Several factors, including the history of ECT use, its portrayal in the media, and concerns about side-effects such as memory loss and disorientation, have contributed to its being used largely as a treatment of last resort. In addition to tracking the impact of treatment on depression, the investigators monitored cognitive function of all patients at each twice-monthly clinic visit. There were no statistically significant differences in scores on a mental status examination that addresses orientation, memory, attention, and the ability to follow verbal and written instructions. Study follow-up continued for six months. The authors also note that remission rates in this study are about twice that observed with antidepressant medications in similar age groups. The relatively rapid effect of ECT—the mean of 7.3 treatments to remission spans about 2.5 weeks—can not only make a difference in quality of life but is potentially important in instances in which a person with depression is contemplating suicide and the need for immediate, effective relief from symptoms is urgent.
Concerns about ECT’s effect on cognition and memory have prompted exploration of alternative methods of administering ECT, including the approach used here, right unilateral ultrabrief ECT. Previous research has reported that this method preserves the effectiveness of ECT while reducing side effects. One caveat offered by the authors was that the most severely ill patients would not have been able to participate in the study as participation required written informed consent for the research and the use of ECT. Nonetheless, this study helps fill the gap in research on use of ECT in older age groups for which there has been much less treatment effectiveness research carried out than in younger populations.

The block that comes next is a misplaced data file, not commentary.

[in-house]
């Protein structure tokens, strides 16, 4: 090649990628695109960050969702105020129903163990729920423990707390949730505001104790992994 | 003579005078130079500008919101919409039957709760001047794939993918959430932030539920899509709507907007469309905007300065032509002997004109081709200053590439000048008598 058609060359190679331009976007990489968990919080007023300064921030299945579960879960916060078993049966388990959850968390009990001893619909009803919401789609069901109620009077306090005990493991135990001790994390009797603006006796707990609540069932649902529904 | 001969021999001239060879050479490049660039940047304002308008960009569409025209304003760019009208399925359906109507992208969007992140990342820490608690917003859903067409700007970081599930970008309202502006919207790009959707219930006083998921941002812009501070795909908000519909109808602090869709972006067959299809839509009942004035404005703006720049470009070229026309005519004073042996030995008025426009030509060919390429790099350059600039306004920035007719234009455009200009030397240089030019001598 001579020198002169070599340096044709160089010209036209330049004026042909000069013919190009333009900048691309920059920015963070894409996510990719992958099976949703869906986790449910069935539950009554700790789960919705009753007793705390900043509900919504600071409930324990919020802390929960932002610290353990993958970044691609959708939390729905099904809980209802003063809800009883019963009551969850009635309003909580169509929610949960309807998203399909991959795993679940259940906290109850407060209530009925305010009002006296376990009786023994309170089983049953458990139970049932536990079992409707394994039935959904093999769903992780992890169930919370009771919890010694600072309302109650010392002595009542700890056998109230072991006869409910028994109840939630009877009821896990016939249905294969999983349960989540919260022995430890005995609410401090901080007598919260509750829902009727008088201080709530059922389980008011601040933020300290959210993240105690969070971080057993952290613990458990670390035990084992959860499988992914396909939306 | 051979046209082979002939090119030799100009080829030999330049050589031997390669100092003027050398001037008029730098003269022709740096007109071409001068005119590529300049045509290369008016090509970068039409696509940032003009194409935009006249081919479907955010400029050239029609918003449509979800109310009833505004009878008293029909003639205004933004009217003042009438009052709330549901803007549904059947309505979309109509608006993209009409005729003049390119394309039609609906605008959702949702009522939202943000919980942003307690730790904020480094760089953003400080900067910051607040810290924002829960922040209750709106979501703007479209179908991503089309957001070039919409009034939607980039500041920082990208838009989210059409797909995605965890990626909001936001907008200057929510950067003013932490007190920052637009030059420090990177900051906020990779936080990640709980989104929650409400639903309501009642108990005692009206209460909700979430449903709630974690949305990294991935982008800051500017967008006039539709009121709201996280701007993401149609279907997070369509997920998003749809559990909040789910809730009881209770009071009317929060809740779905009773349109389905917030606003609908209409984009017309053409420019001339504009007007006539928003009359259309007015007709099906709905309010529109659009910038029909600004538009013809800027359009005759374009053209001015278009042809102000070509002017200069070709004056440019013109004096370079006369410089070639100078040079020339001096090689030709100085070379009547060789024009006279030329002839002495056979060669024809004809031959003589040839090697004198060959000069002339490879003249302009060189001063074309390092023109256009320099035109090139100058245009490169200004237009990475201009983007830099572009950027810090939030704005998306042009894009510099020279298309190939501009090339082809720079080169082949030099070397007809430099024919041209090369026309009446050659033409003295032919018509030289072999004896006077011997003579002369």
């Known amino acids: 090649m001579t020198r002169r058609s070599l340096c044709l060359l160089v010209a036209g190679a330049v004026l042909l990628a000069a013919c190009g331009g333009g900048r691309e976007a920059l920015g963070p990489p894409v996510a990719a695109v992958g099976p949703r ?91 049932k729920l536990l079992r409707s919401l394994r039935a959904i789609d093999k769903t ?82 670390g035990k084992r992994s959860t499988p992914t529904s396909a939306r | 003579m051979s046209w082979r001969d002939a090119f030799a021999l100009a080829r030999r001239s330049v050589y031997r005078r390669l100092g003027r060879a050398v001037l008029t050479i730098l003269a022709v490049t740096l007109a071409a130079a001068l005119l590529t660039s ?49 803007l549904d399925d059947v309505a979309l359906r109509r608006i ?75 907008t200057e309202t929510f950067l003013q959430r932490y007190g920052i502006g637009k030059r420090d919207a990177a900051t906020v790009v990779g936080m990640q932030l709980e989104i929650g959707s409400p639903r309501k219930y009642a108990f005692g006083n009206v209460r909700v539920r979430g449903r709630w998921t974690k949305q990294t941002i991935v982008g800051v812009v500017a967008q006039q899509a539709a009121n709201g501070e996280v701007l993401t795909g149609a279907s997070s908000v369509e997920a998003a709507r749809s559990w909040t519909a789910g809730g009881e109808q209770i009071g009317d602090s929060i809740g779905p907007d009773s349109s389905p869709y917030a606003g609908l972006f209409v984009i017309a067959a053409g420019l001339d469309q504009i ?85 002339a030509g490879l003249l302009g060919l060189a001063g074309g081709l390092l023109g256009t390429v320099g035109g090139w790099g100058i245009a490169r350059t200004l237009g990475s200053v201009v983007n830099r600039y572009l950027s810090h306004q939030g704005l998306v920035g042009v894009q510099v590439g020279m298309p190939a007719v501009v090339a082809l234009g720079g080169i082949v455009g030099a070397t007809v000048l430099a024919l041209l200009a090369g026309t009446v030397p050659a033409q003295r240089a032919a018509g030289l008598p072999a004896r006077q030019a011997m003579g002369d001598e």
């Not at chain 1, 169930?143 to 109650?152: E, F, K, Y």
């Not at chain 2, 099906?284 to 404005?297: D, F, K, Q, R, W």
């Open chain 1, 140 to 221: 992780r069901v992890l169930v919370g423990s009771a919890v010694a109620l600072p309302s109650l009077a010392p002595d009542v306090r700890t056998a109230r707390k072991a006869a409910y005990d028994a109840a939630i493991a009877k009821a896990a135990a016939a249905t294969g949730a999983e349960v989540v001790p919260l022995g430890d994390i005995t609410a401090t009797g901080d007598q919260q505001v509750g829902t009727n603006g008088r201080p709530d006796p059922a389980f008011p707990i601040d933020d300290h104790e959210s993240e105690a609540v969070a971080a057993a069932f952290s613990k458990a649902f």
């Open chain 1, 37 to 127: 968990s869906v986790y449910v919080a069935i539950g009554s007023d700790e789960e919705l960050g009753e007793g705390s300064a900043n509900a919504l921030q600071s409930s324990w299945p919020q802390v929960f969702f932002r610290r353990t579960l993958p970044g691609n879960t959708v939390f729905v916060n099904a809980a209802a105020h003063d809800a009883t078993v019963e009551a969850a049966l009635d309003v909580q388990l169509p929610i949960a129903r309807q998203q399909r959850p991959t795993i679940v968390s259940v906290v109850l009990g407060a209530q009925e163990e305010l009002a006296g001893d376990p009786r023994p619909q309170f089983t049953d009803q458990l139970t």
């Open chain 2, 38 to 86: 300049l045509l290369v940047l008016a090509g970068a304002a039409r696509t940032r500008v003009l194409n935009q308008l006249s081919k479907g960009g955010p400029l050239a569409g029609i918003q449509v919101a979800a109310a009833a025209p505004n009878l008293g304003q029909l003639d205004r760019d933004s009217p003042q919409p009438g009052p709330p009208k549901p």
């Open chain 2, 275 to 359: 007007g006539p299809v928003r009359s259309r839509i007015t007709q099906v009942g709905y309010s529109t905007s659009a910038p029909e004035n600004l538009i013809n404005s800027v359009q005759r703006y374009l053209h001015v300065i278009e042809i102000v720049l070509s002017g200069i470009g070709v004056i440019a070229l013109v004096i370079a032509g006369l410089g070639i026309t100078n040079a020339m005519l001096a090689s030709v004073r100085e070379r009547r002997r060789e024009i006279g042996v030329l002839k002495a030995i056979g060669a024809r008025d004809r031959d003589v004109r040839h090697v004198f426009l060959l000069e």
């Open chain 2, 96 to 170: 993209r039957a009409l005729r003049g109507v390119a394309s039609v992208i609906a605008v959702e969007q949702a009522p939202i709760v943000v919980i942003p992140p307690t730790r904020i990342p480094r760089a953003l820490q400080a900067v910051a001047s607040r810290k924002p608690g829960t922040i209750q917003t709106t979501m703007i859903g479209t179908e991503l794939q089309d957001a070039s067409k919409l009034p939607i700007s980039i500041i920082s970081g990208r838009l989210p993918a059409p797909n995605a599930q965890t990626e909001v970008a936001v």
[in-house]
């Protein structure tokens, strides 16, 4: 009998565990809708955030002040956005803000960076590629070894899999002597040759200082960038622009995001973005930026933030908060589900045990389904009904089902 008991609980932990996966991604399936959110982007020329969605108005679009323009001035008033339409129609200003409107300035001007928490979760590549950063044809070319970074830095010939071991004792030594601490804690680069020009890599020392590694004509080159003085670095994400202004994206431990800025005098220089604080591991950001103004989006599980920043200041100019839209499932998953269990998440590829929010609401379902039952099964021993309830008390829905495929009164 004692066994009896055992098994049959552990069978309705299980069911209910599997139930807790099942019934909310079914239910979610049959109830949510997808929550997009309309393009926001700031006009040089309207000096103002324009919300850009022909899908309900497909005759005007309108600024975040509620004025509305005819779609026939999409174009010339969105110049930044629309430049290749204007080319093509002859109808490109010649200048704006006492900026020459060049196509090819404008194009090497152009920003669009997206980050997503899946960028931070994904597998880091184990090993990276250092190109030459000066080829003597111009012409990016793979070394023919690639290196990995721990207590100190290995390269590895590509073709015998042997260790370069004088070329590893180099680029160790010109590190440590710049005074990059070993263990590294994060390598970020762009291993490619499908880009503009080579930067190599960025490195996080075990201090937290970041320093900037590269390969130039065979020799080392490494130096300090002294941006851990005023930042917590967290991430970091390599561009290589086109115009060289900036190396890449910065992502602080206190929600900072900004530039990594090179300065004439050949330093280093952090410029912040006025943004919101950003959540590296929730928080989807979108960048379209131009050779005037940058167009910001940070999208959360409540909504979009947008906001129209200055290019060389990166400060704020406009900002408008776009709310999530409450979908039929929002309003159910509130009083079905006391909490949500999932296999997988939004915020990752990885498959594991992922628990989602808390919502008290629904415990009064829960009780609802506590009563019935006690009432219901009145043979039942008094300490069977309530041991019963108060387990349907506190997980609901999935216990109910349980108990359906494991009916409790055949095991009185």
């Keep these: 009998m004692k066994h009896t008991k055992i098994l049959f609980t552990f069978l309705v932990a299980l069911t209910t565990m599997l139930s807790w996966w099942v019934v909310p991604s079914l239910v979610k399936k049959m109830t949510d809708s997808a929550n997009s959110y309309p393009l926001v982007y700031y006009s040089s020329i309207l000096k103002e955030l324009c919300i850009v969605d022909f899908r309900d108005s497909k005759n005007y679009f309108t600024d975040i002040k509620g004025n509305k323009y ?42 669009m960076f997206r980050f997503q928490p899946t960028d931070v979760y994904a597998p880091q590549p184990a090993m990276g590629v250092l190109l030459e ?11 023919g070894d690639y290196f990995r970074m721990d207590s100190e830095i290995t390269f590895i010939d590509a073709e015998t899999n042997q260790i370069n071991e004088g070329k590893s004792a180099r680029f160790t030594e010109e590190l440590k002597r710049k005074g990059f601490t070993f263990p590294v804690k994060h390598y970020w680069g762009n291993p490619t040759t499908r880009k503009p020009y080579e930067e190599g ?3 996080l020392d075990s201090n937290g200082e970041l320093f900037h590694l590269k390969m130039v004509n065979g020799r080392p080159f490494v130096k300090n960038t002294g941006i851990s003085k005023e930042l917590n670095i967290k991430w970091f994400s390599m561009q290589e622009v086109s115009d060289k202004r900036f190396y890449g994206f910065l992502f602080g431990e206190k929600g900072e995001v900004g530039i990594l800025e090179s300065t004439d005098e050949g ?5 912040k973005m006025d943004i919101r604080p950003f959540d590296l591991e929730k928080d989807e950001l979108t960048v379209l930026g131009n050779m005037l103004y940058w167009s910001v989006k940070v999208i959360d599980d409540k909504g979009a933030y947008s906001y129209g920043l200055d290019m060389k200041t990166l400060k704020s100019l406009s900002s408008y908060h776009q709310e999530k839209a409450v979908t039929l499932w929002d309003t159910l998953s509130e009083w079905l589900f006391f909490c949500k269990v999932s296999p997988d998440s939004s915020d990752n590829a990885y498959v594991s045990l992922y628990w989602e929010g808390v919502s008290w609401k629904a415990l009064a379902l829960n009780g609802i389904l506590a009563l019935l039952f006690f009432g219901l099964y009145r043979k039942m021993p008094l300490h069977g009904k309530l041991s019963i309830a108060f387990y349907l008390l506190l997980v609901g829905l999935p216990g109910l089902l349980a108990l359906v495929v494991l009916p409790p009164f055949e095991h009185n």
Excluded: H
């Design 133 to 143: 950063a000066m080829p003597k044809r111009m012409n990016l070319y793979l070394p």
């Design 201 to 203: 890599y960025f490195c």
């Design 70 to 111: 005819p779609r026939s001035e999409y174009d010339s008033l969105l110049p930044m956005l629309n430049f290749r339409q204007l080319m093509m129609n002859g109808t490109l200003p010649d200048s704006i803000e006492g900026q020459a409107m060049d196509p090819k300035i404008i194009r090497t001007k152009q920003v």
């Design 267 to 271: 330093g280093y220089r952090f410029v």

“The PRIDE study demonstrates that continuing ECT treatment following remission in a manner that is responsive to the needs of individual patients can maintain relief from depression and at the same time, avoid overtreatment,” said Sarah H. Lisanby, M.D., Duke University School of Medicine and senior author (Dr. Lisanby is now director of NIMH’s Division of Translational Research). “For older persons with depression, many of whom do not respond to other treatments, PRIDE offers information in support of ECT as an effective and safe option for both initial and maintenance treatment.”
The following centers recruited patients for the PRIDE study: the Icahn School of Medicine at Mt. Sinai, New York; Columbia University/New York State Psychiatric Institute, New York; Duke University School of Medicine, Durham, N.C.; Zucker Hillside Hospital/Northwell Health System, New York; Mayo Clinic, Rochester, Minn.; University of Texas Southwestern Medical Center, Dallas; Wake Forest University Medical Center, Winston-Salem, N.C.; Augusta University/Medical College of Georgia, Augusta; and New York Presbyterian/Weill Cornell Medical Center, New York and White Plains.
Kellner CH et al, the CORE/PRIDE Work Group. Right Unilateral Ultrabrief Pulse ECT in Geriatric Depression: Phase 1 of the PRIDE Study. Published online July 15, 2016. http://ajp.psychiatryonline.org/doi/10.1176/appi.ajp.2016.15081101
Kellner CH et al, the CORE/PRIDE Work Group. A Novel Strategy for Continuation ECT in Geriatric Depression: Phase 2 of the PRIDE Study. Published online July 15, 2016. http://dx.doi.org/10.1176/appi.ajp.2016.16010118
Clinical Trial ID
U01MH055495, U01MH081362, U01MH086127, U01MH086130, U01MH86120, U01MH084241, U01MH086122